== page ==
The only other cover he performs on the whole DVD is the old Robert Johnson song "Love In Vain", which was made famous by those guys from England — the Rolling Stones. While he retains elements of the original song, his style of playing brings it new life and rescues it from its iconic status to make it a living, breathing blues song.
That's what makes his music so damn refreshing; not only is it some of the most alive and vital stuff going, it represents a gesture of defiance towards the pre-packaged, market-analyzed stuff that passes for popular music these days. Halfway through his set in this concert, he stops to teach his audience a quick lesson on the nature of rhythm in an attempt to break through the wall built up by conventional music that prevents people from truly feeling and hearing music anymore.
He proceeds to show that while most new music has only one beat to it, music like the old style blues, Hawaiian, African, and Indian have two distinct rhythms going at once in the same song. This is what gives those genres their vitality and ability to resonate an emotional chord in an audience. Being somewhat rhythmically challenged personally, I wasn't able to fully appreciate the distinctions he was trying to make, but I appreciated the incredible passion he was able to generate with his use of rhythm and melody while playing.
Recorded in a club in Cologne Germany, Bob Brozman Live In Germany is a study in how to make a great concert disc. Sure there is the advantage of working in a small venue, but it also looked like they had at least three handheld cameras on stage and two more in the audience for long shots. I don't know if they shot "live," editing while shooting, or took the raw footage and pieced it together afterwards.
Whatever they did, the results were wonderful. Close-ups when needed, wide angles when important, and amazing shots of his hands at work all over the guitar. I was a bit worried about the thinness of the sound, until I realized I hadn't set it on 5.1 surround yet, and then it was amazing. In fact, what is really good about this disc is they allow for all three types of systems, DTS, surround, and plain stereo, so no one is deprived of the best sound possible for their system.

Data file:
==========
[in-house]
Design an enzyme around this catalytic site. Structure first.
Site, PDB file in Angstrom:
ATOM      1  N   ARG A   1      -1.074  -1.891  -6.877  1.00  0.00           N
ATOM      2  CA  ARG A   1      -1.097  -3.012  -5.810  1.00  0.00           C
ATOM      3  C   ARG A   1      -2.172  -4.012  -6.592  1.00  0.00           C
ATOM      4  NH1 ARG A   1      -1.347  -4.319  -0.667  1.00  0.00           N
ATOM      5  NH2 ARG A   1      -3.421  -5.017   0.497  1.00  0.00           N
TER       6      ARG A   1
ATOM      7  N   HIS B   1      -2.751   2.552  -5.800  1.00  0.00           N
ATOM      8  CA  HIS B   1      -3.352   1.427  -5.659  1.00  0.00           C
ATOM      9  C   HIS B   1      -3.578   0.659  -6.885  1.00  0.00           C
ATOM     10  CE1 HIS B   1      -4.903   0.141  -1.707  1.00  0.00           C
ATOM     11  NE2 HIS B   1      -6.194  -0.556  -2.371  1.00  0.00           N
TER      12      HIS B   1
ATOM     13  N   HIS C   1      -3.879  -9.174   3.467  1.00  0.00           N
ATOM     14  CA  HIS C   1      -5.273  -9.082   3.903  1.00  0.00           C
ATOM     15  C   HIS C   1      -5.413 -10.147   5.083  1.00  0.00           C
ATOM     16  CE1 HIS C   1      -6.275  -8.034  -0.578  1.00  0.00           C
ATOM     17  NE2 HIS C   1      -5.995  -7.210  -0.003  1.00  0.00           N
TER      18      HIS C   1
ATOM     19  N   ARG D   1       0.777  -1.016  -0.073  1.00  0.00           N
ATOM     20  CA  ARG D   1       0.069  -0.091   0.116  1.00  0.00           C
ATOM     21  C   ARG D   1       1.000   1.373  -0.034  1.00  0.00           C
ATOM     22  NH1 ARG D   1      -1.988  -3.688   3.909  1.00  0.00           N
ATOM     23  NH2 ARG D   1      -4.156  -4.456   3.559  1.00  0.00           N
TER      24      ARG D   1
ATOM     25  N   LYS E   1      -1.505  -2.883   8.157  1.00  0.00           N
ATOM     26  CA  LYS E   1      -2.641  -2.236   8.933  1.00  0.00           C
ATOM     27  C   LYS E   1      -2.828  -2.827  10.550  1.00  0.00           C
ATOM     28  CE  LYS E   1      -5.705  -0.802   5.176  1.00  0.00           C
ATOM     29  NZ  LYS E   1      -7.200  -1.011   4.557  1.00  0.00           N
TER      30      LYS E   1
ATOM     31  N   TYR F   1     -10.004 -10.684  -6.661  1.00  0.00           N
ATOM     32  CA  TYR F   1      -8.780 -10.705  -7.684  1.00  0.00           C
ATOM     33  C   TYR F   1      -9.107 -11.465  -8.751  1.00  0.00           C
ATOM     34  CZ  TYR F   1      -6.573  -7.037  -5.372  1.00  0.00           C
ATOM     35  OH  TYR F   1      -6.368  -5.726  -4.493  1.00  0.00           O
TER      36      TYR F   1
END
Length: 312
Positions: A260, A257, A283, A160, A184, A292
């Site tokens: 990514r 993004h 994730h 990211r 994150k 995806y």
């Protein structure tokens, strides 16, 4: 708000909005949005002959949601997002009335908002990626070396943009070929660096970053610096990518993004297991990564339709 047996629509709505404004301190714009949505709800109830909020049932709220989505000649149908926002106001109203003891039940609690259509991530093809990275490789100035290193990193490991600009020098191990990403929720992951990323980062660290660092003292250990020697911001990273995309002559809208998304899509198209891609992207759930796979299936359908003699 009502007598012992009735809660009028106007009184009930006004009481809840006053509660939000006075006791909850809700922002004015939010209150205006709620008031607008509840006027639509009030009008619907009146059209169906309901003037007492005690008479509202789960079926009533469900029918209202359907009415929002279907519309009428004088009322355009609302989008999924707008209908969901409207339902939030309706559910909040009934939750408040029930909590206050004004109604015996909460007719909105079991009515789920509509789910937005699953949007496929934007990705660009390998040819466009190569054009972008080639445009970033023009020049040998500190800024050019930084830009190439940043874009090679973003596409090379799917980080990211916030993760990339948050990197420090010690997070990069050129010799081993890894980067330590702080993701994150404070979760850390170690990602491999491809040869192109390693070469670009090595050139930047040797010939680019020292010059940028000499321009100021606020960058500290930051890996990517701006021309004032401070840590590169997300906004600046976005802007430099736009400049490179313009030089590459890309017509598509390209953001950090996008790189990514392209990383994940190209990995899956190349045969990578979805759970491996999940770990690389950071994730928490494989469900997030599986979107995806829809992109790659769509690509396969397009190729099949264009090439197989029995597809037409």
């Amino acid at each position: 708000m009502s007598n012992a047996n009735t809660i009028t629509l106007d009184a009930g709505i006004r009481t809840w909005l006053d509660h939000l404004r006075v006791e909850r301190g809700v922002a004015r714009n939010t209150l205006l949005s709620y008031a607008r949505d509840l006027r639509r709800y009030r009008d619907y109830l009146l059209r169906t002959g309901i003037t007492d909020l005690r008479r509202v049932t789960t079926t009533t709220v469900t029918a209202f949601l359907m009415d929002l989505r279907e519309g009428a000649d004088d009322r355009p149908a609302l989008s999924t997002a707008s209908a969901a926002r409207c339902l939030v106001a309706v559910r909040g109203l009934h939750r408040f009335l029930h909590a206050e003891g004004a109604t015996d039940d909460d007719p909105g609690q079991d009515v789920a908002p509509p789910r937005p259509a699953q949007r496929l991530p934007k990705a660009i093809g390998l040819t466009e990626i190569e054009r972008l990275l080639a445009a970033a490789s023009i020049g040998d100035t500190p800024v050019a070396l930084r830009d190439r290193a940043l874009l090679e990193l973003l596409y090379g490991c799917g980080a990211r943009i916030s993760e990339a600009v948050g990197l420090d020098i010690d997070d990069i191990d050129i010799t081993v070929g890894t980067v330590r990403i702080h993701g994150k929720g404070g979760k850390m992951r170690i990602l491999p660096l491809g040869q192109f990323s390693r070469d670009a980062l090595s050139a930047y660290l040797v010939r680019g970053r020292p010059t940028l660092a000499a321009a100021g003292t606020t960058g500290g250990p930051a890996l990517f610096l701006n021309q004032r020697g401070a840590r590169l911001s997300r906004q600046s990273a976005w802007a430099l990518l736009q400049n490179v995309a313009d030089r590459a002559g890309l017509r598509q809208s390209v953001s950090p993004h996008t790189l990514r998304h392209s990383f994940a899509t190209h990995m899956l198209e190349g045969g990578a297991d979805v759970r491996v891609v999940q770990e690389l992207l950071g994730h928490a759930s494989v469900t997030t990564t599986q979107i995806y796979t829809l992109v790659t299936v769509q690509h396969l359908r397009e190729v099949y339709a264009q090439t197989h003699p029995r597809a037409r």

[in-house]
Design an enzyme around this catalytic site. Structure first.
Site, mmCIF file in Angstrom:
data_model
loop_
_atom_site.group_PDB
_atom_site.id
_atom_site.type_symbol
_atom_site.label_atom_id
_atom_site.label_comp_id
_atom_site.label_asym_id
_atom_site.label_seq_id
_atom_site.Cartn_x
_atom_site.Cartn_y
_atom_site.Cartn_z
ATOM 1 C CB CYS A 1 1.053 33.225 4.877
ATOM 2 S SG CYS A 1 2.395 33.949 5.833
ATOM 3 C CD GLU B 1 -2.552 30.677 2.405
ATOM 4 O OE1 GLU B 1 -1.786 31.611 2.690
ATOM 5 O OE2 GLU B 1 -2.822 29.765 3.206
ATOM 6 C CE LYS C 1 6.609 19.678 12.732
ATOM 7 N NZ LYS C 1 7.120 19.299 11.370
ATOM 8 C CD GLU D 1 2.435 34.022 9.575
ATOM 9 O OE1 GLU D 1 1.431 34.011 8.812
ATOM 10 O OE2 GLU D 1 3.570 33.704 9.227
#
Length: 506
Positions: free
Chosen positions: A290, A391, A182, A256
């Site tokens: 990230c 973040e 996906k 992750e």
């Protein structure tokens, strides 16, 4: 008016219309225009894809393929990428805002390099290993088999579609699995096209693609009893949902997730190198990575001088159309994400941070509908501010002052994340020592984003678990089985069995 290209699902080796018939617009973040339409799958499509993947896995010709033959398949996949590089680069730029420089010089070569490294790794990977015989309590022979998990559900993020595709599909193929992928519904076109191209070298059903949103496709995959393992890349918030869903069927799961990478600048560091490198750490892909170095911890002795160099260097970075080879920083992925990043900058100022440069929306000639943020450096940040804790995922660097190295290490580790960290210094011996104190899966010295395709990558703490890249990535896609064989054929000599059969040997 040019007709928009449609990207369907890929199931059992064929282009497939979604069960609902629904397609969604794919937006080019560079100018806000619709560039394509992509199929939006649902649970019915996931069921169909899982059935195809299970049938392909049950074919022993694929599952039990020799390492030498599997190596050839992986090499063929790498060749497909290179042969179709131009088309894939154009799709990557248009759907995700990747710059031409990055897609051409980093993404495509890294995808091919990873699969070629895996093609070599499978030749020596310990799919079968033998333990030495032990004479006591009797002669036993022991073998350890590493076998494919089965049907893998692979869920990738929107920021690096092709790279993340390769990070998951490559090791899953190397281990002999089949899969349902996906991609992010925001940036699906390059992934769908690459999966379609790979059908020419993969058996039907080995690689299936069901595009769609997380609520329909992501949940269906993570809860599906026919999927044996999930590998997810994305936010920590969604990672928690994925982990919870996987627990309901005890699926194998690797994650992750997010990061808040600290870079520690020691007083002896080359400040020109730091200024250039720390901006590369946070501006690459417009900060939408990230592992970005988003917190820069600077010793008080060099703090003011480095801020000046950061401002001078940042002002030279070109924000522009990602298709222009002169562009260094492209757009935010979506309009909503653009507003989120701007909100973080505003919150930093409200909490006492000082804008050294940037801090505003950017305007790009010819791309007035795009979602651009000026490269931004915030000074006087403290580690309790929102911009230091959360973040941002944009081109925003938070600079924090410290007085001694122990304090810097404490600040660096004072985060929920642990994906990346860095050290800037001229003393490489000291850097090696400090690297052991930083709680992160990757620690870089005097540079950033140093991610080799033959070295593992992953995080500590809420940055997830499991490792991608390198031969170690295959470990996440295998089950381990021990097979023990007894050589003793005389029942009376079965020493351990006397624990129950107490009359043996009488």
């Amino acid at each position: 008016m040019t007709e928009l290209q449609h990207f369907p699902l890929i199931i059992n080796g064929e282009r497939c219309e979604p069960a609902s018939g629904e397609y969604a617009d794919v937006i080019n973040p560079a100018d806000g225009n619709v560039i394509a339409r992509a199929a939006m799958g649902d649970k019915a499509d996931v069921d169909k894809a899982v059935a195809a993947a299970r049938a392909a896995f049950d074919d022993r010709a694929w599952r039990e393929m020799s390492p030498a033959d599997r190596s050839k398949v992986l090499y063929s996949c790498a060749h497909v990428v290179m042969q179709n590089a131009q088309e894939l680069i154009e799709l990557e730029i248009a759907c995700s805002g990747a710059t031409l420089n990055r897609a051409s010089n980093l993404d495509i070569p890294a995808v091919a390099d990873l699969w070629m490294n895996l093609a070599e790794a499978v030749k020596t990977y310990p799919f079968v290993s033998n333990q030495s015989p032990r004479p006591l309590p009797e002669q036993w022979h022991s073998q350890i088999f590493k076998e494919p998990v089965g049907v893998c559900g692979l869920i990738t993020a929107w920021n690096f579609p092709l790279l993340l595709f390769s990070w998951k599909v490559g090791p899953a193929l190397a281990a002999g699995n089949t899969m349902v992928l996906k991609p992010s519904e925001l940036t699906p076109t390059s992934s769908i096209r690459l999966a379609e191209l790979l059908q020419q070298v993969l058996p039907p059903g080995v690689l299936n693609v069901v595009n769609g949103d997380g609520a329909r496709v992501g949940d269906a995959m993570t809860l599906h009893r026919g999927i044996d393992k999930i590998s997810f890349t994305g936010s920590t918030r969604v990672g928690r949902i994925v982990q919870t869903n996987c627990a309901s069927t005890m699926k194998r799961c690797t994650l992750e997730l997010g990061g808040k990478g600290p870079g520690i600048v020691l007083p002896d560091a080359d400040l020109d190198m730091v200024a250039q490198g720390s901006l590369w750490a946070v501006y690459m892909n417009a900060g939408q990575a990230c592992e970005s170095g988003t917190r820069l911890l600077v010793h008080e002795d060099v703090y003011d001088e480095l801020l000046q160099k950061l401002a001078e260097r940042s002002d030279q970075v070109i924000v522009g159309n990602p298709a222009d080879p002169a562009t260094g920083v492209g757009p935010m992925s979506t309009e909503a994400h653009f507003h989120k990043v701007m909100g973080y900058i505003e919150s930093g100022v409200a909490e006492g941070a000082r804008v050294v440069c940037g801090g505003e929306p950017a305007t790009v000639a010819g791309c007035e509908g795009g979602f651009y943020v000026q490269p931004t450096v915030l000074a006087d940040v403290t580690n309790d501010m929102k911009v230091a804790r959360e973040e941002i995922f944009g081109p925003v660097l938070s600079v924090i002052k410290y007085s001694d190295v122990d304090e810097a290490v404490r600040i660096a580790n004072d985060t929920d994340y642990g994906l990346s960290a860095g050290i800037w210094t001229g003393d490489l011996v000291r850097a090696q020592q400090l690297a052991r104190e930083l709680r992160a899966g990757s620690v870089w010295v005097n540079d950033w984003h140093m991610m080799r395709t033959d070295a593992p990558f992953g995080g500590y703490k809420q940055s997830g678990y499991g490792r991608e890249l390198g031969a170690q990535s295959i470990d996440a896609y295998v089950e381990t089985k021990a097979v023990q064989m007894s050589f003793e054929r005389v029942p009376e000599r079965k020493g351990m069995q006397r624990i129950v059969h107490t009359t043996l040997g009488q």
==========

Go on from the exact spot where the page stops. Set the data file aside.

There are two special features included on the disc that are absolute musts; one is an interview with Bob where you find out a great deal more about what he thinks of contemporary music and its so-called celebrities. In a nutshell, he considers most of pop music's stars lazy and the majority of pop music is designed to stop you from thinking with its monochrome rhythm.
The second special feature is a short guitar workshop where he runs through the wonders of open tuning and what a player can accomplish with it. He also goes into more depth about the different aspects of rhythm and why it is so important to a guitarist. I have to confess that I was completely lost for most of it, not being a player, but when I played it for a musician friend later, his comment was, "Well my life's changed forever now." I'll take that as a positive comment.
Listening to Bob Brozman play guitar is a wonder. Watching him play is a revelation as to how underused the guitar is by most people who play it. It's the difference between watching someone play "Heart and Soul" on a grand piano and someone else playing a Beethoven sonata. They are both played on the same instrument, but are universes apart in emotional and intellectual definition.